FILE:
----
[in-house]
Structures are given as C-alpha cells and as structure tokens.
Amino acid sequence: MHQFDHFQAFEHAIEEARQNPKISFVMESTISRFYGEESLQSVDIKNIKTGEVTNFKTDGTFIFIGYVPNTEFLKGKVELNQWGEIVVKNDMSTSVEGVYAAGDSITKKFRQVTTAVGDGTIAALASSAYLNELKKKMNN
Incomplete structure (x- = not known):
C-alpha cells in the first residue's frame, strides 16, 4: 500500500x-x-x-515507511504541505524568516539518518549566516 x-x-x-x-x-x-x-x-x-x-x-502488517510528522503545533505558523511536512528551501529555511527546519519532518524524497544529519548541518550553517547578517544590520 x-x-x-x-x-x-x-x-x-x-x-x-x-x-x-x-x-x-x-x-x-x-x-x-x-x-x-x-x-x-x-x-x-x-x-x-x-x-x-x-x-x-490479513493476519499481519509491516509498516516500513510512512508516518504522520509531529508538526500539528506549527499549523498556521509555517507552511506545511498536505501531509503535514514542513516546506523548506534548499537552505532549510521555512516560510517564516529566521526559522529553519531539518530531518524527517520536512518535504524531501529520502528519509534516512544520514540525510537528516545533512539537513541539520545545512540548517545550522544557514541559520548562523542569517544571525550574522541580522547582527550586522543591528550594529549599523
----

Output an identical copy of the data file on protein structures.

[in-house]
Structures are given as C-alpha cells and as structure tokens.
Amino acid sequence: MHQFDHFQAFEHAIEEARQNPKISFVMESTISRFYGEESLQSVDIKNIKTGEVTNFKTDGTFIFIGYVPNTEFLKGKVELNQWGEIVVKNDMSTSVEGVYAAGDSITKKFRQVTTAVGDGTIAALASSAYLNELKKKMNN
Incomplete structure (x- = not known):
C-alpha cells in the first residue's frame, strides 16, 4: 500500500x-x-x-515507511504541505524568516539518518549566516 x-x-x-x-x-x-x-x-x-x-x-502488517510528522503545533505558523511536512528551501529555511527546519519532518524524497544529519548541518550553517547578517544590520 x-x-x-x-x-x-x-x-x-x-x-x-x-x-x-x-x-x-x-x-x-x-x-x-x-x-x-x-x-x-x-x-x-x-x-x-x-x-x-x-x-x-490479513493476519499481519509491516509498516516500513510512512508516518504522520509531529508538526500539528506549527499549523498556521509555517507552511506545511498536505501531509503535514514542513516546506523548506534548499537552505532549510521555512516560510517564516529566521526559522529553519531539518530531518524527517520536512518535504524531501529520502528519509534516512544520514540525510537528516545533512539537513541539520545545512540548517545550522544557514541559520548562523542569517544571525550574522541580522547582527550586522543591528550594529549599523